California by Edan Lepucki

September 8, 2014 Post-Apocalyptic Fiction 27

Salutations, Bookworms!

I’ve been doing a little self-psychoanalysis and I think part of the reason that I like dystopian and post-apocalyptic fiction so much is because it makes all my first world problems seem super petty. I mean, I might be worried about dieting or something, but that seems less critical when you read about people who are legit starving, you know? The latest venture into  post-apocalyptic fiction is California by Edan Lepucki. I saw a review of it over at The Gilmore Guide to Books and skedaddled to NetGalley to see if it was still available. Fortune smiled. *I received a complimentary copy of this book from the publisher through NetGalley for review consideration. May I be abandoned in the post-apocalyptic California wilderness if I am untruthful in my review.*

california California takes place in (would you have guessed?) California. After a peak oil crisis and increasing civil unrest rip through Los Angeles, Cal and Frida pull up stakes and head out into the wilderness. They plan to live off the land by utilizing Cal’s farming skills and live a peaceful life. Peaceful, if not comfortable. Comfort comes at a premium these days.

The wealthy have all retreated into closed “Communities.”  They maintain reliable electricity, indoor plumbing, and your major creature comforts. People live and work inside these settlements to escape the lawless streets, patchy utility coverage, and food shortages. Those without the means are left to fend for themselves in the ruins of major cities, hence Cal and Frida’s decision to get out of Dodge. All was going well, or at least they weren’t on the verge of starvation, when Frida discovers that she’s pregnant.

A lack of prenatal care wasn’t a problem the pair had anticipated when they were planning their homestead, so they decide to set off and try to find the nearest settlement. What they find is a dark and guarded camp of settlers with a whole lot of secrets… And weird taste in art.

Y’all I really dug this book. It certainly fulfilled my post-apocalyptic fiction craving. There were a few things I would have liked explained a little more fully, but I rather liked the semi-ambiguous ending. Me liking an ambiguous ending? Who’d have thunk?! If post-apocalyptic fiction is your thing, I recommend you take a trip to California

Talk to me Bookworms. Does anybody else like dystopian and post-apocalyptic fiction because it reminds you that your lot in life could always be worse? Just me? 

*If you make a purchase through a link on this site, I will make a small commission.*

27 Responses to “California by Edan Lepucki”

  1. Sarah Says Read

    I do REALLY want to read this, but I got it from the library and I was already reading something and those three weeks flew by and suddenly it was due and I hadn’t even cracked it open. Le sigh.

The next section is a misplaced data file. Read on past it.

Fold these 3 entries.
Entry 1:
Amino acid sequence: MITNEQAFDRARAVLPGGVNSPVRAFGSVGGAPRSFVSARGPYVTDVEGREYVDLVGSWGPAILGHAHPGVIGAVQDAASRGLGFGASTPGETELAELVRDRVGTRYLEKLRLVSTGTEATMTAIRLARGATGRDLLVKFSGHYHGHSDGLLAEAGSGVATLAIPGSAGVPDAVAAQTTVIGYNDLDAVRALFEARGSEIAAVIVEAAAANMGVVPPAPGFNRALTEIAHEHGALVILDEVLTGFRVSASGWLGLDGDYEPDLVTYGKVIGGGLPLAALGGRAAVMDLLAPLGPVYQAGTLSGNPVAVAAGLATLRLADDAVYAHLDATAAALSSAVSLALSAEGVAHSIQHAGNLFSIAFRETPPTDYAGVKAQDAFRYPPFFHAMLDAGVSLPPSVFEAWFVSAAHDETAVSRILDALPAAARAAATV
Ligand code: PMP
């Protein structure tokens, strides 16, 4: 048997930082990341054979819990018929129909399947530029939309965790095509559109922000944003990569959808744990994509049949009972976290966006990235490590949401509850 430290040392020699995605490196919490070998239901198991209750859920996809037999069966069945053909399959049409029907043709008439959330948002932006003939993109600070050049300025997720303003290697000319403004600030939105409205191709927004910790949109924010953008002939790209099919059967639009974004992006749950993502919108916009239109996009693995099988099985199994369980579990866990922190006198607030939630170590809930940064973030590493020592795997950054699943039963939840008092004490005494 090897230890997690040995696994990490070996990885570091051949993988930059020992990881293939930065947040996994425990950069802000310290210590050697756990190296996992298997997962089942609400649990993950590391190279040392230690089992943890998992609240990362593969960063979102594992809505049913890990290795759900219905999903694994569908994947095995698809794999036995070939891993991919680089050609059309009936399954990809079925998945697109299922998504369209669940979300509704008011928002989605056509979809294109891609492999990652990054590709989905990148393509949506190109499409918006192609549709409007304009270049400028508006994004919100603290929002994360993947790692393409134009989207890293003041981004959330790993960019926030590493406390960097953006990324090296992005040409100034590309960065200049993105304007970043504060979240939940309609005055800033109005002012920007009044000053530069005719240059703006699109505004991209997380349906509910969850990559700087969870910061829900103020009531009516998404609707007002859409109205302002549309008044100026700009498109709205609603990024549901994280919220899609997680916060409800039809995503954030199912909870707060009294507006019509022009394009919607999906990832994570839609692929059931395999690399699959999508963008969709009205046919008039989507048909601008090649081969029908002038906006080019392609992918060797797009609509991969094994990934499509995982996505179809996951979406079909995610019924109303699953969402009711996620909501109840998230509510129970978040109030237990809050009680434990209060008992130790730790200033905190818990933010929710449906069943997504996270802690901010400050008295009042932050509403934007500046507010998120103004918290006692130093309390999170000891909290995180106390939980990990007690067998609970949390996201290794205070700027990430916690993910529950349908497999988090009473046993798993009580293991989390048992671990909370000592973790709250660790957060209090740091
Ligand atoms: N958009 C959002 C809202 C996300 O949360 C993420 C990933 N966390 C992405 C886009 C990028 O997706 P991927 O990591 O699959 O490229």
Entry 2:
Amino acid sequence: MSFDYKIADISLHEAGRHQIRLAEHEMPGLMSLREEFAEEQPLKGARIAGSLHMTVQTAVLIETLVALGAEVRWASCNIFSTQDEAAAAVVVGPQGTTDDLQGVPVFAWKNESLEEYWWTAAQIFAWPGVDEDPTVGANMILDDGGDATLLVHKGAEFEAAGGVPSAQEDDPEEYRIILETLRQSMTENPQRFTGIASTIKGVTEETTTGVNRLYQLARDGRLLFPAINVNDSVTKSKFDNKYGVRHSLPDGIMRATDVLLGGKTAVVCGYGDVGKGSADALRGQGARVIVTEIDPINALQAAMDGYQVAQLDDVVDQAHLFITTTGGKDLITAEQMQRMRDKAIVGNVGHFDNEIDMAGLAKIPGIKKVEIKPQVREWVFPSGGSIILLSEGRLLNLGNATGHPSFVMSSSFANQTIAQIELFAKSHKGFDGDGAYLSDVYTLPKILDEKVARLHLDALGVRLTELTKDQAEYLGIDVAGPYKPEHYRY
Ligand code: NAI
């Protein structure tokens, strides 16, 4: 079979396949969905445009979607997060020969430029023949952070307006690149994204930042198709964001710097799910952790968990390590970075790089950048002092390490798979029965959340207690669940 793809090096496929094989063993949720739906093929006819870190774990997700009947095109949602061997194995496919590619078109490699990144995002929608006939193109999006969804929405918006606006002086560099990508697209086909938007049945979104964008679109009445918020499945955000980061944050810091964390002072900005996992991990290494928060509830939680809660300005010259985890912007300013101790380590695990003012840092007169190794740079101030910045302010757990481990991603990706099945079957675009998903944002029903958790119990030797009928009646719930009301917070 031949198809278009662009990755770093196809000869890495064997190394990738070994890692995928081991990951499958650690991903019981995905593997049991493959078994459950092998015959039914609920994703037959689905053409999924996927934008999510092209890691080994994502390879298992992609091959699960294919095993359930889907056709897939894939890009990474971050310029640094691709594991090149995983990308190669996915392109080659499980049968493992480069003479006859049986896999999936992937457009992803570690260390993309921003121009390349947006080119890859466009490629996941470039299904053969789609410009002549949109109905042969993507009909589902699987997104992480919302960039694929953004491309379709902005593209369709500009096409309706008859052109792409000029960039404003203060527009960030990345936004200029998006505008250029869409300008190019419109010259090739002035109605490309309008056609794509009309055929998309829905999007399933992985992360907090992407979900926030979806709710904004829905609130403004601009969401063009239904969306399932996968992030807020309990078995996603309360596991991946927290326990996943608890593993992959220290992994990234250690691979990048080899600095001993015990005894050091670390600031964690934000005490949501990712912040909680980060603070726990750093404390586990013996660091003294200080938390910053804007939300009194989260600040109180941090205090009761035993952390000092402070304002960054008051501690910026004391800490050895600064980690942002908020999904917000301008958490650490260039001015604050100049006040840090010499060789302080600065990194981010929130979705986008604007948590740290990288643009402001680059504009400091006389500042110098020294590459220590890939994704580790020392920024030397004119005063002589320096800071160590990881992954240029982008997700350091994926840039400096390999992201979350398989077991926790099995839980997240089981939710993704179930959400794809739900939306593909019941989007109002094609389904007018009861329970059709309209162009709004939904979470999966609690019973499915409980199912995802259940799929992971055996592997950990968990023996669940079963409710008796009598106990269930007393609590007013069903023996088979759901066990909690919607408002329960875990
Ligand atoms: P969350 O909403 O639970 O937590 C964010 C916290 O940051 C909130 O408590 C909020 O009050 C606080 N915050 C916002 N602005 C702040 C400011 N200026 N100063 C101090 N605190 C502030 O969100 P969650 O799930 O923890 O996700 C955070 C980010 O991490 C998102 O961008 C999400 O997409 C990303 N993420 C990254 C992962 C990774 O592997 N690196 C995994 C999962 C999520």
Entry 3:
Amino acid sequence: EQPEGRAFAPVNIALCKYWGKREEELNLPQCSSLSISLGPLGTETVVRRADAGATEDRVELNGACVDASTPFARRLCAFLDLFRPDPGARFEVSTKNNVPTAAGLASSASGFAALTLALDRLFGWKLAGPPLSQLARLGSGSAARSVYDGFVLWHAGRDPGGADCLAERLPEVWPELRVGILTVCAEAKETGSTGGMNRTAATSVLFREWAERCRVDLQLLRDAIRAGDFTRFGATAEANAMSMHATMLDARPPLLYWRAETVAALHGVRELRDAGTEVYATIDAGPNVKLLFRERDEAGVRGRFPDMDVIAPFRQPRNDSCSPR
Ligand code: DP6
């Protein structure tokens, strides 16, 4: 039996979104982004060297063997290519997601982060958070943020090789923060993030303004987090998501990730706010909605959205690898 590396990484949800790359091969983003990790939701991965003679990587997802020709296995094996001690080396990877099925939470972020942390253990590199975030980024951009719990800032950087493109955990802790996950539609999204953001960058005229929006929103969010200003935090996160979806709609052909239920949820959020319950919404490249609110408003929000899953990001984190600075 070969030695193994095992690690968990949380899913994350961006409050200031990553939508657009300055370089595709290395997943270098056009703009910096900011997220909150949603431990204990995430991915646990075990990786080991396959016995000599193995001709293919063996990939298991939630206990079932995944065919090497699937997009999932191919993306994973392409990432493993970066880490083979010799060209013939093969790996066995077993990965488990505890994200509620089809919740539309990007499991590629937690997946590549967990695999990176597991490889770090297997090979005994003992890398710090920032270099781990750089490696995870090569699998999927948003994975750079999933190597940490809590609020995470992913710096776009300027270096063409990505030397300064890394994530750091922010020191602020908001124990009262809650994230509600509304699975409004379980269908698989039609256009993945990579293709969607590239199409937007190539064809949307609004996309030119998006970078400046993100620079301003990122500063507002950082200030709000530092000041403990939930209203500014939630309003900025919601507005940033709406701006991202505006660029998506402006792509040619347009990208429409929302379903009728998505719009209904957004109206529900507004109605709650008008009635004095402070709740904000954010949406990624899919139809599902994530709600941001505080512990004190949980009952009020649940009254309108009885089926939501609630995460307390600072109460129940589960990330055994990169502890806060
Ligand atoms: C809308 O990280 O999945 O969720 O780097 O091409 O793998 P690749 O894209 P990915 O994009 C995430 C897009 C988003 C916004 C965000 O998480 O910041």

2. Jancee Wright

    I agree with Andi, I’m a little burned out on dystopian stuff. That being said, it’s always something I go back to eventually, so I did add this to my TBR. It sounds good, but I’m just not really in the mood for fight, flee, survive right now.

  3. Megan M.

    Dystopian isn’t really my thing. I only read Hunger Games because it was so popular. This one sounds like it would terrify me since I’m currently pregnant (although not for long now!) That was one of the worst parts of watching The Walking Dead for me… when Lori was pregnant/gave birth. Awful.

  4. AMB

    I don’t read a lot of dystopian/post-apocalyptic fiction, but this sounds interesting. Sadly, some of it doesn’t sound all that different from how some people actually live in the US (including the lack of prenatal care, which thankfully, is more widely available now than it used to be a few years ago).

  5. Elizabeth

    I have been wondering if this book was good! I generally like dystopian lit because the “world building” the authors do tends to be creative and interesting. But sometimes the genre is just depressing.

    • Words For Worms

      This is really more post-apocalyptic than dystopian… Not a whole lot of world-building, and it’s kind of a downer. In the interest of full disclosure, LOL.

  6. Jennine G.

    Okay, what always gets me in these life or death books is when someone gets pregnant. People! You know how that happens…there’s a sure way to prevent it! If you are living in a dystopian society, don’t get pregnant! Lol, just a thing I always think.

    Besides that, this sounds like a good next dystopian read! Thanks!

    • Words For Worms

      LMAO! Indeed. Although, in this particular case they were sort of trying… And they really had no other way to entertain themselves, LOL. You’d have to read it for it to make any sort of sense. But yeah. I get that.

  7. Lost in Literature 108

    Great review.
    Reminds me that I still haven’t gotten to The Road…
    This one looks great too.

  8. Jenny @ Reading the End

    Like Andi I’m a leetle burned out on dystopian fiction — I’m at the point now where I’m avoiding it unless I get a really strong recommendation (such as I’ve been getting for California!). I’m still planning to read this! I do enjoy seeing the different ways authors imagine humanity coping with the collapse of civilization.

  9. Annabel Smith

    This book has rocketed to the top of my reading list. I love dystopian and post-apocalyptic fiction, not because it makes me feel better about my life, but because it makes me think about actions we’re taking now that might lead to these kind of futures.

Talk to me, Bookworms!

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